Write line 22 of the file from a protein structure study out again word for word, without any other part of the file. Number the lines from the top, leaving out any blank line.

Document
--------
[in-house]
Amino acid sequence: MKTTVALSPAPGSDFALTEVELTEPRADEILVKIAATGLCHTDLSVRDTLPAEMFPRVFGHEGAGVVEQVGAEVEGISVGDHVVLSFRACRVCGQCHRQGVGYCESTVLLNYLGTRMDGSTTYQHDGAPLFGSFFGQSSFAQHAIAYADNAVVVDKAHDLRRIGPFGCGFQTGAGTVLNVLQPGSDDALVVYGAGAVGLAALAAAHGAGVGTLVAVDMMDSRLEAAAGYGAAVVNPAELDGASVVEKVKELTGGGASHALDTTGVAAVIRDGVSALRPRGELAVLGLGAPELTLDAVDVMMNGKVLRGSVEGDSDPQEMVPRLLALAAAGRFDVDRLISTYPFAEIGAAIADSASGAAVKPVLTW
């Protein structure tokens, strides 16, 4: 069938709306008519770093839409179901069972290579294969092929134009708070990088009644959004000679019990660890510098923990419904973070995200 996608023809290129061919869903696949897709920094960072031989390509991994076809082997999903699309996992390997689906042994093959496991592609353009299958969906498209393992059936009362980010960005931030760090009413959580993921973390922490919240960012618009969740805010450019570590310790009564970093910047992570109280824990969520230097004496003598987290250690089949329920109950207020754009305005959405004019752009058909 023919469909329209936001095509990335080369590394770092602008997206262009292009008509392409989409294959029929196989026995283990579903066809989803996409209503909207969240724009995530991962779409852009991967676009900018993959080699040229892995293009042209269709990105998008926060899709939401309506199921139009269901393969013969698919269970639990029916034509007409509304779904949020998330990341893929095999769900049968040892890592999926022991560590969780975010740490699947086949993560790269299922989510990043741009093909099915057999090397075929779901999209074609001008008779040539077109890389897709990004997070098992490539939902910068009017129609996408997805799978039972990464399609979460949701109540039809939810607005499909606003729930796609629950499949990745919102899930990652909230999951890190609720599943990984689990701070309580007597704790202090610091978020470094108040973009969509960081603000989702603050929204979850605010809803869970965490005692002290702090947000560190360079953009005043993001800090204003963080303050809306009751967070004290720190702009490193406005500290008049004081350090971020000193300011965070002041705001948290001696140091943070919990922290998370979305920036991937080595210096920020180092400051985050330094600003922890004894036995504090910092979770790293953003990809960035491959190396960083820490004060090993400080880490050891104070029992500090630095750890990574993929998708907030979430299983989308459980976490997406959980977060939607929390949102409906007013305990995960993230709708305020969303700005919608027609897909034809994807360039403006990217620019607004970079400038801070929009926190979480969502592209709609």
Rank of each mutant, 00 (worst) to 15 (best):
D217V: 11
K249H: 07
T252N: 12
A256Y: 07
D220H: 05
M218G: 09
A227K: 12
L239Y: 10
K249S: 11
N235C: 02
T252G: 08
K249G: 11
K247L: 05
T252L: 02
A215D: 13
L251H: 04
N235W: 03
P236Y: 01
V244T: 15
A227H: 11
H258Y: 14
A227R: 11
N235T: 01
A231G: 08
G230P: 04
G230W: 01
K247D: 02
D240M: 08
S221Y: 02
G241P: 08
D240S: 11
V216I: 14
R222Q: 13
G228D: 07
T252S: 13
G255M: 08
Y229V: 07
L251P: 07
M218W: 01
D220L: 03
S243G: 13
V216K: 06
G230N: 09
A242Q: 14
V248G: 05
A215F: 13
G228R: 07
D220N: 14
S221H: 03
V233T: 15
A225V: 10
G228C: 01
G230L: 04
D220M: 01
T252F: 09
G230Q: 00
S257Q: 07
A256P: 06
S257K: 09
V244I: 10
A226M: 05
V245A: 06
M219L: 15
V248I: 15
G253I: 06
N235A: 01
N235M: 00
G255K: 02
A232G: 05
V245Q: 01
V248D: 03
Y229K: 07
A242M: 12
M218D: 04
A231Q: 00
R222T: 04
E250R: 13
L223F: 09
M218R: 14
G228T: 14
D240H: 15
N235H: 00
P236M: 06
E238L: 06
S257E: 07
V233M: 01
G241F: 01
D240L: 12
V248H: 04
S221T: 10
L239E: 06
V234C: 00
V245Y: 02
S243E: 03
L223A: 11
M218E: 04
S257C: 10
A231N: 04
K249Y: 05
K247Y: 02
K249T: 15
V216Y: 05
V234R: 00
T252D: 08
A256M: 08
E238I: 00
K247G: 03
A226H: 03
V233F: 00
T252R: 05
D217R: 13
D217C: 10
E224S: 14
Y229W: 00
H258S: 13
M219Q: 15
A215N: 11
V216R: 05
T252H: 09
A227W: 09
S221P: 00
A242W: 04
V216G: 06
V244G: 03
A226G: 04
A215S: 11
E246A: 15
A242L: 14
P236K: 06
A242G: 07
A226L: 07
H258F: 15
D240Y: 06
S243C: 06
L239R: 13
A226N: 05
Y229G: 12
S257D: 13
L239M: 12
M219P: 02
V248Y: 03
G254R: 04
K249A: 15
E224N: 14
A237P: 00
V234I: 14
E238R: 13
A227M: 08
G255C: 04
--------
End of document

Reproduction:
P236Y: 01